The Indie Trap: Or How I Learned to Play Non-Zero-Sums

My wife recently made the observation that I’m blogging a great deal about my struggles as a writer, and more specifically about the challenges I’ve encountered as I try to generate income from the work I do. And, after some consideration, I have to agree with her. She’s a super smart lady, and I’m lucky to have met her because she’s always got my best interests at heart.

If I were smarter, I’d just reply with a simple “Yep!” and then go do whatever she just told me to do. Writing about writing, especially the struggles a “new” author might experience, is an easy way to limit my readership.

Back when I was in much better health, I began this blog to journal my running experiences. Even then, I used it as a place where I could unload my frustrations and as a place to record and track my injuries and accomplishments. So it should cause little wonder now that I’m essentially doing the same thing, but that’s a trap.

When I wrote exclusively on the topic of running my readership was runners. They’d read about my lows and feel sympathy if not empathy for me in those moments, just like they might read about me running a section of the PCT and vicariously share in my sense of accomplishment and wonder at what my body was capable of doing. Together we created a positive feedback loop that reinforced my desire to run.

When I write about challenges and the difficulties I’ve encountered along my path toward success in publishing I may be getting those off my chest, but the outcome of this is not more words.

I routinely read the journals of some other authors — some at the top of the publishing world others who merely scrape by — and many of these people write about writing. But a moment’s self-examination should be telling me something significant. Authors who bemoan the state of the publishing world are attracting me to their journals because I understand their frustrations.

I am willingly participating in a feedback loop that based on negativity, and that’s not cool. It holds me back, as much as it disinterests you.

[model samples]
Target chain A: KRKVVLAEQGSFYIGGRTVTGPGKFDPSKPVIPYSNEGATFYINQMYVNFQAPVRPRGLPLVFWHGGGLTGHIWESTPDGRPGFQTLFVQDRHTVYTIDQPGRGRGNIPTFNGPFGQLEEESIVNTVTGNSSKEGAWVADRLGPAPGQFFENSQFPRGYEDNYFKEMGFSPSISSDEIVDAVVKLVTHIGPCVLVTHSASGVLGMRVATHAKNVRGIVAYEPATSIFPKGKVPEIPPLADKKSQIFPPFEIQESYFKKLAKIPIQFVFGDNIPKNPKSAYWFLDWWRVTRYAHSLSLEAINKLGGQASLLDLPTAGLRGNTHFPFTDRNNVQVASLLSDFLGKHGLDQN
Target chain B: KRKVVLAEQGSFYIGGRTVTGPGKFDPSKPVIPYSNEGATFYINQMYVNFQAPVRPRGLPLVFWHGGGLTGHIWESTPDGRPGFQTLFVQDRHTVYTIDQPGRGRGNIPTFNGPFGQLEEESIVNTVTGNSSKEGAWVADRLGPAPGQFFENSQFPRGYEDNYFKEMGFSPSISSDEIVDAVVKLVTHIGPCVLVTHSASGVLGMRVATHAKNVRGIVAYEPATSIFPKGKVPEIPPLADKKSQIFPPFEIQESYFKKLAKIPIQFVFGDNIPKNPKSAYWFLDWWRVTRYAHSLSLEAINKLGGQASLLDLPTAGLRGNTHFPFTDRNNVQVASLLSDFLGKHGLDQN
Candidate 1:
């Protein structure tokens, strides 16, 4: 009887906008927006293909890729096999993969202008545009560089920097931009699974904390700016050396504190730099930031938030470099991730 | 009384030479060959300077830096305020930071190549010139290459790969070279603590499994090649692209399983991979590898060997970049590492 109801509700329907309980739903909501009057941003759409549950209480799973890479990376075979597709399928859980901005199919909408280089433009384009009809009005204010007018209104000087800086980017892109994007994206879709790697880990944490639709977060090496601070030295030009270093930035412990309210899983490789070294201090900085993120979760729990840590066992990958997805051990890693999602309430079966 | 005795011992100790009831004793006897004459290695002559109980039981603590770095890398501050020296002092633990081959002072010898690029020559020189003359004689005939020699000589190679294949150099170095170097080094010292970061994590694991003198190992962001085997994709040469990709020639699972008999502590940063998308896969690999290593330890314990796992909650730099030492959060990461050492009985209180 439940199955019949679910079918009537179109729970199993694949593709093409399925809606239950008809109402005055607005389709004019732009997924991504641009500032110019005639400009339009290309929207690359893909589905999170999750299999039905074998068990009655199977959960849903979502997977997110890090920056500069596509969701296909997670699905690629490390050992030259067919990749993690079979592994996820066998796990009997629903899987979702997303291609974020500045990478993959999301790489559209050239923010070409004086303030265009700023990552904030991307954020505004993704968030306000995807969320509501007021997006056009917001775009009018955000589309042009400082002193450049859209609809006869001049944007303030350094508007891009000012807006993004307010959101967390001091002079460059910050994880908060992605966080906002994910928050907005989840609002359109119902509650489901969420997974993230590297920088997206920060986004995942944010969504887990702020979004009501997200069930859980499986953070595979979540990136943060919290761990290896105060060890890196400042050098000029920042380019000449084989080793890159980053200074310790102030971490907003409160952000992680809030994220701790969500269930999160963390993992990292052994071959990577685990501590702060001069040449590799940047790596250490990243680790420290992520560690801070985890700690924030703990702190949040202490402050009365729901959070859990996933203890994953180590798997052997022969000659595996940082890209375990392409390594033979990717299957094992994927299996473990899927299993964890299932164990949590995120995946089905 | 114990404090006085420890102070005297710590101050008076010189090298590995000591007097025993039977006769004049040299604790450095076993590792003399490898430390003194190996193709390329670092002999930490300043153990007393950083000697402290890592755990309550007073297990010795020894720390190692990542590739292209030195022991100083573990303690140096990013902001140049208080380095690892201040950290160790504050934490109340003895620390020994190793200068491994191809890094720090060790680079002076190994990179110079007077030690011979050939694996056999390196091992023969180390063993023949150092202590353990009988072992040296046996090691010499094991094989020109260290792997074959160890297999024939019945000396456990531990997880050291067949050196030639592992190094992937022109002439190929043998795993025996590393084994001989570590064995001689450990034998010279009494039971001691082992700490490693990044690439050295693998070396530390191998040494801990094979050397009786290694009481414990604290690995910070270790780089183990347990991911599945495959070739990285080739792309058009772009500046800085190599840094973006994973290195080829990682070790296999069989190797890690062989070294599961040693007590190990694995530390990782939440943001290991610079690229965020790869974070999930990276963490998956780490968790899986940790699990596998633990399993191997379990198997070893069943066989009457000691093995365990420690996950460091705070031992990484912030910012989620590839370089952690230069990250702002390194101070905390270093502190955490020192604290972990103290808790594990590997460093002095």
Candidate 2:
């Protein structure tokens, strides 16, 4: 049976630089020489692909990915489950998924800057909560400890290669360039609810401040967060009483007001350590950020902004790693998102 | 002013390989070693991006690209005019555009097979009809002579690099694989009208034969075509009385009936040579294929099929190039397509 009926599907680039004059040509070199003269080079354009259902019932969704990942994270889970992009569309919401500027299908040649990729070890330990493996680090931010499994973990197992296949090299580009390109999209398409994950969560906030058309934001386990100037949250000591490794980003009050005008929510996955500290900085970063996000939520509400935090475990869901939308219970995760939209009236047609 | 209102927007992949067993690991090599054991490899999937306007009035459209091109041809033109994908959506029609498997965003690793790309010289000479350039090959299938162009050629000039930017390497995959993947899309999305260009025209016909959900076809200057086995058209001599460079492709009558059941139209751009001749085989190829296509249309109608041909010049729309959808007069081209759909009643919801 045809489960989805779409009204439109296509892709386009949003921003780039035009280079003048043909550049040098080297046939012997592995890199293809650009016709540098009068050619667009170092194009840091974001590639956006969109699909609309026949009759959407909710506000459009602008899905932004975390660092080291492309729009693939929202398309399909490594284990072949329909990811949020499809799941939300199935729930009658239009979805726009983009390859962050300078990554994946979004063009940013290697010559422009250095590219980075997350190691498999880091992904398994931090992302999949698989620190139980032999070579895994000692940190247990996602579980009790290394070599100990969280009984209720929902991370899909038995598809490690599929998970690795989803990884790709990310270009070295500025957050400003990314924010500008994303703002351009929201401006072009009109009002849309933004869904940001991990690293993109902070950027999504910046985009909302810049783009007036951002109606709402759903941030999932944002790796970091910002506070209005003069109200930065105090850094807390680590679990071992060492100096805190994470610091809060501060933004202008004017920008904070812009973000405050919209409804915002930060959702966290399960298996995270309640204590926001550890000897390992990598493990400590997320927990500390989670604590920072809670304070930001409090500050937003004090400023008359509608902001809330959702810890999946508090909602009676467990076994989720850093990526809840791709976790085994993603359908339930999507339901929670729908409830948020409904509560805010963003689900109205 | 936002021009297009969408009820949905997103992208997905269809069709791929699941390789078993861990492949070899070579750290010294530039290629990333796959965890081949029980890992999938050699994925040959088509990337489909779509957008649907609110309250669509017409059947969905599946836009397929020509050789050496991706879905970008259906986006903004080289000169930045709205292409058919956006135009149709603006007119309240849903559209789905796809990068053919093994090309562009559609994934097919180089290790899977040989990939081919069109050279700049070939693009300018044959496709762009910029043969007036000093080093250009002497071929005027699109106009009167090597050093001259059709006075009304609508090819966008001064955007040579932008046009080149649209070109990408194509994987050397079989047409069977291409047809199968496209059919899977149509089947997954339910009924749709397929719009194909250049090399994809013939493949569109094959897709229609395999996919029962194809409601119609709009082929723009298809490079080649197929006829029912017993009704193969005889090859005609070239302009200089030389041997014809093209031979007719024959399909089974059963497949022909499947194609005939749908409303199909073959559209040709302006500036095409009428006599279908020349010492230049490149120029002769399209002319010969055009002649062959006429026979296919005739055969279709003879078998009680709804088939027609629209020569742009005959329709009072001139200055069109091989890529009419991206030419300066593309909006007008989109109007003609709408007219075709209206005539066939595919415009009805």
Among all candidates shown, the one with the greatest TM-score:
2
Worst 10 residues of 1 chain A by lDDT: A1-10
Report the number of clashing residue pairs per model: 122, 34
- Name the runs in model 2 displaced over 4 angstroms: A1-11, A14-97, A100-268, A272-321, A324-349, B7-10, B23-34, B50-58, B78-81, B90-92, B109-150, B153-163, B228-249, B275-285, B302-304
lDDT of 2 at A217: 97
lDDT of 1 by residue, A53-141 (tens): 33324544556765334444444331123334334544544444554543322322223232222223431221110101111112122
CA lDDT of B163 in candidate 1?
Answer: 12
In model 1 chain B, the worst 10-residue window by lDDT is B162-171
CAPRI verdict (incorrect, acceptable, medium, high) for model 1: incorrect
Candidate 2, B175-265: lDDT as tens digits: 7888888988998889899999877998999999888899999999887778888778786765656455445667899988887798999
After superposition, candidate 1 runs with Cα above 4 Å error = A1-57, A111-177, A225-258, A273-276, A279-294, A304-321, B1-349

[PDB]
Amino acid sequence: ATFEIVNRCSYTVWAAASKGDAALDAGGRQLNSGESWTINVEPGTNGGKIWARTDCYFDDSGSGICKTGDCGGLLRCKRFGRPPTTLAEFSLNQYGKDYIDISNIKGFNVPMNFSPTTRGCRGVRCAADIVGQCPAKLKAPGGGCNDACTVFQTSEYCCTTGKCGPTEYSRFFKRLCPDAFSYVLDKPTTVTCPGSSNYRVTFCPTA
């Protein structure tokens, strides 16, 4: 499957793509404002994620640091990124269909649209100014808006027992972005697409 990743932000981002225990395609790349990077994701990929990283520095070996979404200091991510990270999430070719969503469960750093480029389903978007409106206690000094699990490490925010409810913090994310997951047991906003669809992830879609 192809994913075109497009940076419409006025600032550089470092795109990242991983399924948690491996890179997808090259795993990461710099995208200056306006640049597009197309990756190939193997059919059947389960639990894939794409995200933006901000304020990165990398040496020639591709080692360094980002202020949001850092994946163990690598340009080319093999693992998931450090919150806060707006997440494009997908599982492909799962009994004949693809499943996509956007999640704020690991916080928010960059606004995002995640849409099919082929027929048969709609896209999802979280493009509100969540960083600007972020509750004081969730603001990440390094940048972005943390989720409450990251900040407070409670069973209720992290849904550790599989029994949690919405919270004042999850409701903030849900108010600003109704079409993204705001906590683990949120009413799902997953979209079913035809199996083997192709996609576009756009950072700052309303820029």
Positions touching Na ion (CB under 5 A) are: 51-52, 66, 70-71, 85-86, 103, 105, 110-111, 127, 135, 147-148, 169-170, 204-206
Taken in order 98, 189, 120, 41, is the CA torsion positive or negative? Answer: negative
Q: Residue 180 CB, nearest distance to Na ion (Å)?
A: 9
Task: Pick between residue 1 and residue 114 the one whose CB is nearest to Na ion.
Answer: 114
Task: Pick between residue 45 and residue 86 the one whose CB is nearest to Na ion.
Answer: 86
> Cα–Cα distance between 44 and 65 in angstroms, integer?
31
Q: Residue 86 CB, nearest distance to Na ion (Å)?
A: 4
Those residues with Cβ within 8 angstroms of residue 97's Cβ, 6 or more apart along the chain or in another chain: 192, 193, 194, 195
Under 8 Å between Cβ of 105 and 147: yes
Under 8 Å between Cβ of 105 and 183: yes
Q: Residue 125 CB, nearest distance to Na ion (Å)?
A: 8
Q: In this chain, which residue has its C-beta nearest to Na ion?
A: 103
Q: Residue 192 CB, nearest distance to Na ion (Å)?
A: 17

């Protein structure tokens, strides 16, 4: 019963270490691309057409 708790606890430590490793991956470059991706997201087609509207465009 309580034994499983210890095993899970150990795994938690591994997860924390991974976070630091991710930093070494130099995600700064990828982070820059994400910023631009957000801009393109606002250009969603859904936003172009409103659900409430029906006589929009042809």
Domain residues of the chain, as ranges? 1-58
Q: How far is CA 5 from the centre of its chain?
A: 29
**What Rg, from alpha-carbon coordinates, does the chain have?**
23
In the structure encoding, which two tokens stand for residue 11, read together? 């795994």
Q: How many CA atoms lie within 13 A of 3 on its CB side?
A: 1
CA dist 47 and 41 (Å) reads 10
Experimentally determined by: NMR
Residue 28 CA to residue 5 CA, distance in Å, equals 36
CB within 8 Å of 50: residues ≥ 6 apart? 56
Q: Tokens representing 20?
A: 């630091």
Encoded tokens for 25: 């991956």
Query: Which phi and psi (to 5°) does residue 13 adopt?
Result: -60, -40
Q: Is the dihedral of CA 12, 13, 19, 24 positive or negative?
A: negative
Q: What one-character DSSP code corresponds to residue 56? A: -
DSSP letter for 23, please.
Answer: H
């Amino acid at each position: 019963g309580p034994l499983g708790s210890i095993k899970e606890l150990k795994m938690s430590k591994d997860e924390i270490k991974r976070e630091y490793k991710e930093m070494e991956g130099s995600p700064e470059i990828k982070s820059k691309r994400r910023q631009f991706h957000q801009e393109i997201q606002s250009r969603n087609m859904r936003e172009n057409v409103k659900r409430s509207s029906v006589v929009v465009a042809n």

Given the current state of publishing, I think this is a critical realization. If I were to write this as a narrative, Hugh Howey would have just tossed me a life preserver — thanks, Hugh — because, within the domain of publishing generally, and speculative fiction specifically, there are a lot of us pretending that this is some sadistic zero-sum game.

The Trap

We’re about a week away from the giving of the biggest, best award in all of Science Fiction. And we’re yet another year into seeing that award coopted and consequently diminished by a small band of social terrorists. I’m not going to WorldCon this year — even though I have the time, money and ticket to attend — because I’m so sick and tired of the Sad/Rabid Puppy antics.

My prediction is that there will be an unmistakable current of stench flowing beneath the cheering and laughter and celebration. “Please God, let there be winners,” is what David Gerrold said before he and Tananarive Due opened any envelopes last year. Some people will walk away with rockets; others will feel insulted, disenfranchised and possibly betrayed.

For a genre of fiction mainly built upon stories detailing the many roads to utopia, I fear we have an existential crisis of sorts. It’s apparently pointless to note that this is the nature of awards. Someone will win, some more will “lose.” Perhaps it’s safe to say, “awards are a zero-sum game.”

The truth is that there are a lot of authors out there, people just starting out and even some who have been trying hard for a good long while, who feel disenfranchised. Most of them have more rejection letters than they’d like to acknowledge. Traditional publishing may not be for these and even if they find a way to make that work, their ideas may not sell well enough to be considered mainstream. And yet a smaller fraction of these feel that the indifference they endure is cause sufficient to act out. Or perhaps the periodic punches sent from above, compel them to their annual dump on the genre’s highest award. I don’t know, but Je suis accablé par la tristesse.

There is Hope!

Shit yeah there is! First, little ducks fluff up your feathers because it rains sometimes. But the wet days will pass. Next, realize that the trap is negativity. Become mindful enough to notice when you’re feeling overwhelmed or wronged or triggered. Then get to work.

Relative to where I began, in the past year, I’ve made some huge leaps.

  • Three more short stories in anthologies headlined by best-selling authors. A small press to be sure, but each time I’ve seen my author rank on Amazon above 100 in the work’s relevant category.
  • I’ve nearly finished my first novel-length manuscript and have the first episode on my own publishing table. Patreon has given me a tremendous amount of creative freedom and honestly I’m just sort of wallowing in it.
  • I’ve found a great writing group on our little island. They eagerly gobble up anything I send their way. The more I participate, the more we all improve.
  • I’m finally starting to get my author platform organized enough to see it working. Between Patreon, WordPress and MailChimp I’m finding new readers.
  • On GoodReads, out of 224 ratings and 54 reviews, my works average 4.10. Until Tess pointed this out to me, I didn’t even know that my collected works had been seen by that many people.

I didn’t realize it until I chose to acknowledge it, but I’ve got a ton to be thankful for and all this is just in the domain of writing. Since I took the time recognize all the excellent things happening around me, I’ve been overwhelmed with gratitude.

Buck Up, Buttercup


Peak Chronicles Effect – end of 2015